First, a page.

The Payday Loan Public Option: As Bad As It Sounds

The Virginia State Credit Union is mining for gold and it’s finding it. Thanks to former Virginia Governor Tim Kaine, state employees are being duped into a credit product designed to take more money from their paychecks than the payday loans it was designed to replace. Not only that, this spider catches its flies via unfair competition.

Welcome to The c, or “Virginia PDL Public Option”. It’s as bad an idea as has ever come into the credit space, short of the credit default swap. Naturally, it is the invention of Government.


I’ll jump over all the usual falsehoods that Mr. Kaine presents and cut to the chase.

What’s so bad about this program? Let’s take the unfair competition part first. I don’t have any problem with the government entering the consumer credit business, just as I have no problem with a fair public option for health care, as long as the playing field is level. Therein lies the rub.

The PDL Public Option provides loans up to $500, at a 24.99% APR, with a six-month term, and a limit of 2 loans annually. It requires membership in the Virginia Credit Union (VACU), which administers the program. The VACU also requires direct deposit of the borrower’s paycheck.

So we have traditional PDL businesses with their associated overhead of $9000/month and average default rate of 7% (which requires them to charge $15 – $20 per hundred borrowed just to make a profit) and have no guarantee whatsoever of repayment on one side. On the other, we have a public option in which the lender receives free advertising from the state government; is not required to make a profit (because credit unions are non-profit), and can therefore charge borrowers 95% less than traditional PDLs; allows borrowers to repay loans over a period 13 times longer than traditional PDLs; all the while enjoying a negligible default rate (because of paycheck direct deposit).

Sound fair? Not to me. Why should the government be permitted to act as a source of free advertising for a credit union, especially when the competition is unfair?

The PDL industry repeatedly reminds the media and policymakers that they welcome fair competition in the marketplace. Many products already exist. If the flesh-eating consumer activists and grandstanding politicians are so hot to get rid of payday loans, why not just create an alternative product to compete fairly in the marketplace? The reason is obvious. [No, it’s not because they’d make money and feel so guilty about it that they have to start an organization to fight themselves].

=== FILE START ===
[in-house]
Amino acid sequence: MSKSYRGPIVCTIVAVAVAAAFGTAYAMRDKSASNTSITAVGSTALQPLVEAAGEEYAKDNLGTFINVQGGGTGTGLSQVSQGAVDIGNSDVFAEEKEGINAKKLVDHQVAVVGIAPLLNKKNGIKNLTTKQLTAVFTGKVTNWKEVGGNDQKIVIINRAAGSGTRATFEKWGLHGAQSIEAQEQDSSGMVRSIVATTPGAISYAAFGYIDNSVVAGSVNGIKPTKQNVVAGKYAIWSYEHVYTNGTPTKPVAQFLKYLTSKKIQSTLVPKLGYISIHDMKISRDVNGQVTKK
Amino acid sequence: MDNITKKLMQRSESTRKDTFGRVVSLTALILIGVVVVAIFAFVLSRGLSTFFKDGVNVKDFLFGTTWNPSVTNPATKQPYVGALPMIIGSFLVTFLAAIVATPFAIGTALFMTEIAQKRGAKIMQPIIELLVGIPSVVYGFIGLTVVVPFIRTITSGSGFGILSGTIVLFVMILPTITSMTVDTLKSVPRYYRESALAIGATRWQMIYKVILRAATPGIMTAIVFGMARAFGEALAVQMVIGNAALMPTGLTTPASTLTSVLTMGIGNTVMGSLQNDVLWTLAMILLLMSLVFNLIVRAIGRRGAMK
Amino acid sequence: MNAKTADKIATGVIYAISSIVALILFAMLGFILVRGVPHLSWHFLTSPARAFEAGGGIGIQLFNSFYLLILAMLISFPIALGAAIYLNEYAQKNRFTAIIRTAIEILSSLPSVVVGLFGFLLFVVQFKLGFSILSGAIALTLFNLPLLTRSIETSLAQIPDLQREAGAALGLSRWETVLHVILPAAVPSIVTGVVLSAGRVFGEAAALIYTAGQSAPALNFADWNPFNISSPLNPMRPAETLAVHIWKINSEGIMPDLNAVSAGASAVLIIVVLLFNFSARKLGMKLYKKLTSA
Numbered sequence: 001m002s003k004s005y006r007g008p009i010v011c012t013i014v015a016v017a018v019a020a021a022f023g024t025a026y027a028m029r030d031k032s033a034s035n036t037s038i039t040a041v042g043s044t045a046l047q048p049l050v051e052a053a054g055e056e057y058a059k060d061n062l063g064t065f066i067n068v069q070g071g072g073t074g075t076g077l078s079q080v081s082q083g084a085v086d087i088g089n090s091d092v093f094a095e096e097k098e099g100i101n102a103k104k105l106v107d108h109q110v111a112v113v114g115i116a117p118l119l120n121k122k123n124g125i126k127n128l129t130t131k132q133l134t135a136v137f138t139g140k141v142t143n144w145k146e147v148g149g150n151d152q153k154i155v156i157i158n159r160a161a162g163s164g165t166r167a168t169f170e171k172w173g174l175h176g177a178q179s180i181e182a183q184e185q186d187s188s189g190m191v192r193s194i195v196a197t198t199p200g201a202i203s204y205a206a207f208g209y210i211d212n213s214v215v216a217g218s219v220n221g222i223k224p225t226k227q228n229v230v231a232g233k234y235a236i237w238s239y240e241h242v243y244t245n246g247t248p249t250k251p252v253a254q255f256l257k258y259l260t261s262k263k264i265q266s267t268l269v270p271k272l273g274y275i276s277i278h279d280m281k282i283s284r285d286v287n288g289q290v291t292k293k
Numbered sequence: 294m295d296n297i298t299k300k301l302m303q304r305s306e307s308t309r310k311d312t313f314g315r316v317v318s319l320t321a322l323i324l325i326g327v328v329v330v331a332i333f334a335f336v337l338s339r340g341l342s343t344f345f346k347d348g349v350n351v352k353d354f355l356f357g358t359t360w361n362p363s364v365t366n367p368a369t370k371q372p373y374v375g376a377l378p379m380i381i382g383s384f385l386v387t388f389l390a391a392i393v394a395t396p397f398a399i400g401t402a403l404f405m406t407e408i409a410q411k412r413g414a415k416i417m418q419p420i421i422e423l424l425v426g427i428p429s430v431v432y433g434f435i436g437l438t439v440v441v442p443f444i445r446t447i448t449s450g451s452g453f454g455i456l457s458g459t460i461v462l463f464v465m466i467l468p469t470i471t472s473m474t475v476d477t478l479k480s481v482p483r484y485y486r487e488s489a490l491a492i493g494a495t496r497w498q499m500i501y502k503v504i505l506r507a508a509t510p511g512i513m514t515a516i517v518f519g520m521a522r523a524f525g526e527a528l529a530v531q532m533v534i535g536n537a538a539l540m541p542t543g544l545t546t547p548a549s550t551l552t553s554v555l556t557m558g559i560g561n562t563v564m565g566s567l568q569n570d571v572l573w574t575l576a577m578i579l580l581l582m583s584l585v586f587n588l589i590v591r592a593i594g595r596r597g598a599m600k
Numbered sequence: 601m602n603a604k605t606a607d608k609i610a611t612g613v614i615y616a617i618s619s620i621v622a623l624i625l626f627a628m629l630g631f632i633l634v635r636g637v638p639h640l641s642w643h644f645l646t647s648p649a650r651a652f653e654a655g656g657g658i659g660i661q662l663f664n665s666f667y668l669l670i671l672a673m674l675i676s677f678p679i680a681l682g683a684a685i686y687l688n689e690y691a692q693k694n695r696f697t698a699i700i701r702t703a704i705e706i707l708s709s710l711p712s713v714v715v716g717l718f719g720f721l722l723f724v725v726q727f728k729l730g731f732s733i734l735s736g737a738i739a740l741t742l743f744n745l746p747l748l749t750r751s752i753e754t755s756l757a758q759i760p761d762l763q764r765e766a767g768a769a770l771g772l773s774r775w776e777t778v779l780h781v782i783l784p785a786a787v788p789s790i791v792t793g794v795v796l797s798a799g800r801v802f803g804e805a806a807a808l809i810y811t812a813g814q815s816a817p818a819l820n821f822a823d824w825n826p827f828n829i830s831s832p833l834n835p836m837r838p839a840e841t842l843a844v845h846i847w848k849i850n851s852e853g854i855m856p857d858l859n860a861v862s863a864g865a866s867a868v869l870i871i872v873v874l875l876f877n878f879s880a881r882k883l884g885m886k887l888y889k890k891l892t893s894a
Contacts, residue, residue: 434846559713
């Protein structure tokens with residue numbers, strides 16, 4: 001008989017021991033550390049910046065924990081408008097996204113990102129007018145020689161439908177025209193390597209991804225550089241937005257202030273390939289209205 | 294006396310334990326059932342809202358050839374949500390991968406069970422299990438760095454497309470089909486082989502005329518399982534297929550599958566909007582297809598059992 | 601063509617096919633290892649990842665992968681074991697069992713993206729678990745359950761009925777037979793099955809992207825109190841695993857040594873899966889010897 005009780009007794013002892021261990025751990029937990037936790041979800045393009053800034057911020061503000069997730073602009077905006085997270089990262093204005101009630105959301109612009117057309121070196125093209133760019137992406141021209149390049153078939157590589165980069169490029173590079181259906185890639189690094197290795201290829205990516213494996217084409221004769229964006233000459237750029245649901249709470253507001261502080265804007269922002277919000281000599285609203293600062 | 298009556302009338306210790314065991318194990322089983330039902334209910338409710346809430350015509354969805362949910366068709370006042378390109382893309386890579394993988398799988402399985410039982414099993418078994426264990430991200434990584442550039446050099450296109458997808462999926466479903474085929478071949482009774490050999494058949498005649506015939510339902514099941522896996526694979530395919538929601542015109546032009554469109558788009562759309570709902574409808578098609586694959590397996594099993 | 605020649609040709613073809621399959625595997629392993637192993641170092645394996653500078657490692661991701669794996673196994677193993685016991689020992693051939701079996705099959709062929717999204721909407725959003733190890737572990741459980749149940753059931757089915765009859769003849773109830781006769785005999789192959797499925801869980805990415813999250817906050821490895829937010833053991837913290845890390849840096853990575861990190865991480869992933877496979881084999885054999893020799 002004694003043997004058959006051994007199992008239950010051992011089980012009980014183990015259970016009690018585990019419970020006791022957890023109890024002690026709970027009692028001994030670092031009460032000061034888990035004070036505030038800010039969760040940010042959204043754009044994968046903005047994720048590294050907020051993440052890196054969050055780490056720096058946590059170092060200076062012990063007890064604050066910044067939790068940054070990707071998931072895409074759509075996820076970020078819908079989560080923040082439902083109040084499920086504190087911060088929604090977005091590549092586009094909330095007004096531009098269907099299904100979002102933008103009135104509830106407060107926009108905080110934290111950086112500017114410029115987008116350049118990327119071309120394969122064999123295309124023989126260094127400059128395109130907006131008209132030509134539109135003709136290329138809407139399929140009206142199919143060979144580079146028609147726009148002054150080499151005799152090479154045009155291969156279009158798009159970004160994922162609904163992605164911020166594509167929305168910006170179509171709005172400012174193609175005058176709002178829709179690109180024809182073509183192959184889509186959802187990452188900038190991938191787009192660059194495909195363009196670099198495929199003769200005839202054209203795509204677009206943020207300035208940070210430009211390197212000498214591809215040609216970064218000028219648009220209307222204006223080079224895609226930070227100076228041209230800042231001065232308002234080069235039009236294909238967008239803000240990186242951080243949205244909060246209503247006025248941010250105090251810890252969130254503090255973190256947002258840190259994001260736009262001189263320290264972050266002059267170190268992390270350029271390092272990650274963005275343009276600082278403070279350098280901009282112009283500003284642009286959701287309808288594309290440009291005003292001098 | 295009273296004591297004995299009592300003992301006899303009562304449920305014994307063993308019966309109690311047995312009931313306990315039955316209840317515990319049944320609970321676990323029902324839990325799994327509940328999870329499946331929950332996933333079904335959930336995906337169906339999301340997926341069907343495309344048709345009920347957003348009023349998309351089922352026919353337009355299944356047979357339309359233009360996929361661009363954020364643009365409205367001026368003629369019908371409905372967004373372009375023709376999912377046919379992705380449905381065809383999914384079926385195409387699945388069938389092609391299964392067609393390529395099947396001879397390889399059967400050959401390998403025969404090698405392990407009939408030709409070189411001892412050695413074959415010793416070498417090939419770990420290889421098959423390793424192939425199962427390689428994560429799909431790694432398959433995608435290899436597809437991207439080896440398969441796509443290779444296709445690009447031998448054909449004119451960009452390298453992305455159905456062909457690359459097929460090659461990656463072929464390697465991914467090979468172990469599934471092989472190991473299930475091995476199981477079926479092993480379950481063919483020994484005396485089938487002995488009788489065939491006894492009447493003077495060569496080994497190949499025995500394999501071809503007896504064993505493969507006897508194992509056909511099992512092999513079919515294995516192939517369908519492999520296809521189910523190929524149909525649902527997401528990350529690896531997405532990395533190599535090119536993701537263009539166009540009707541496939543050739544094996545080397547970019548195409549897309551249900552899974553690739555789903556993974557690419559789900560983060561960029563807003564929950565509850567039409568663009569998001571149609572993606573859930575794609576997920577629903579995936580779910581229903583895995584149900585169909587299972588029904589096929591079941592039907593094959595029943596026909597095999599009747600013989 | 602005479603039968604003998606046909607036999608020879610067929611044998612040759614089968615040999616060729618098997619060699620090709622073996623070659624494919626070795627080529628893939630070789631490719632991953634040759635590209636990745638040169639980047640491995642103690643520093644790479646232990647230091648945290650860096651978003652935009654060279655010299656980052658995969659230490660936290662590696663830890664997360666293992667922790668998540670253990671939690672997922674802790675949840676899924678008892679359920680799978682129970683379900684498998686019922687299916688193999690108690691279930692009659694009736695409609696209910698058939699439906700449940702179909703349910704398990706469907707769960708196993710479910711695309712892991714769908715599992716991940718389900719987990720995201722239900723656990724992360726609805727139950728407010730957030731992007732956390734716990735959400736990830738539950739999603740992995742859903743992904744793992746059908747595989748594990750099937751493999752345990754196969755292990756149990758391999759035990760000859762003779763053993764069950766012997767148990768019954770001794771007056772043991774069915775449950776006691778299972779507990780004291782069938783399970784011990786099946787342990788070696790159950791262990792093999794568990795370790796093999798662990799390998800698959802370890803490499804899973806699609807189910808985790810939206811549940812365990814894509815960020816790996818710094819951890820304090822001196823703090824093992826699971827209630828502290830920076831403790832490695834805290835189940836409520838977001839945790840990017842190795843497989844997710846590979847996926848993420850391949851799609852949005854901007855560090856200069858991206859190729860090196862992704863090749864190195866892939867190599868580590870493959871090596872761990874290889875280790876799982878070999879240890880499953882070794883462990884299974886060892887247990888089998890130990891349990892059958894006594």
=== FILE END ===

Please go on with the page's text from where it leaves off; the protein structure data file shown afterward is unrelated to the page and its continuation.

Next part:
There are no other viable alternative products. If there were, they’d be available because of the efficiency of the free market.

No, instead, they choose to spend enormous time and effort to kill the product using unfair competition via a government-sponsored public option, while trying to get the traditional version banned by legislators.

When we dig deeper, though, the problems with the public option become even grander. The most significant concern I have is that this is nothing more than an attempt to shanghai unwitting state employees into a credit union they know nothing about. Normally when shopping for banking services, a consumer wants to compare a list of all the fees associated with their account. By enticing them with the PDL public option, they get sucked into VACU’s clutches without ever being offered a comprehensive list of fees.

And make no mistake – it’s the fees that VACU is salivating over. The biggest fees, of course, are for NSF checks and overdraft protection. These are the cash cows for CU’s and banks, although a host of other fees exist, as well.

Thus, over time, the fees paid to VACU will significantly dwarf those paid to PDLs over the same period.

The most insidious part of this whole operation is that the vaunted Mr. Kaine is offering it to state employees! While he decries payday lenders with the usual assortment of pejorative terms, he frames the PDL Public Option as a better alternative. Oh sure, it’s fine for those first two loans. But the average consumer needs several loans each year just to make ends meet, and they won’t get them from VACU! Instead, they’ll be paying VACU for the privilege of having an account and still have to use their local payday lender, while being required to take a financial education quiz and wait days (instead of minutes) to get their loan approved. It’s nothing more than a state-sponsored marketing ploy, and yet the media calls payday lenders the bad guys in the credit world.

Where is the criticism from the media about this plan? The attacks on DNC Chairman Tim Kaine for this move? Silence, as per usual from the “objective” media.

Make no mistake, government always makes things worse for consumers. We’ve already seen 58 million people have their credit card accounts closed or credit lines chopped because of the CARD Act. We saw consumers in North Carolina, Georgia, and Oregon fair much worse after government banned payday loans in those states. Now we have government directly endorsing and advertising on behalf of a competitor that will do exactly the opposite of what the program intends.

When will government learn this lesson? And when can we, as consumers, be trusted by government to handle our own affairs without their interference?v


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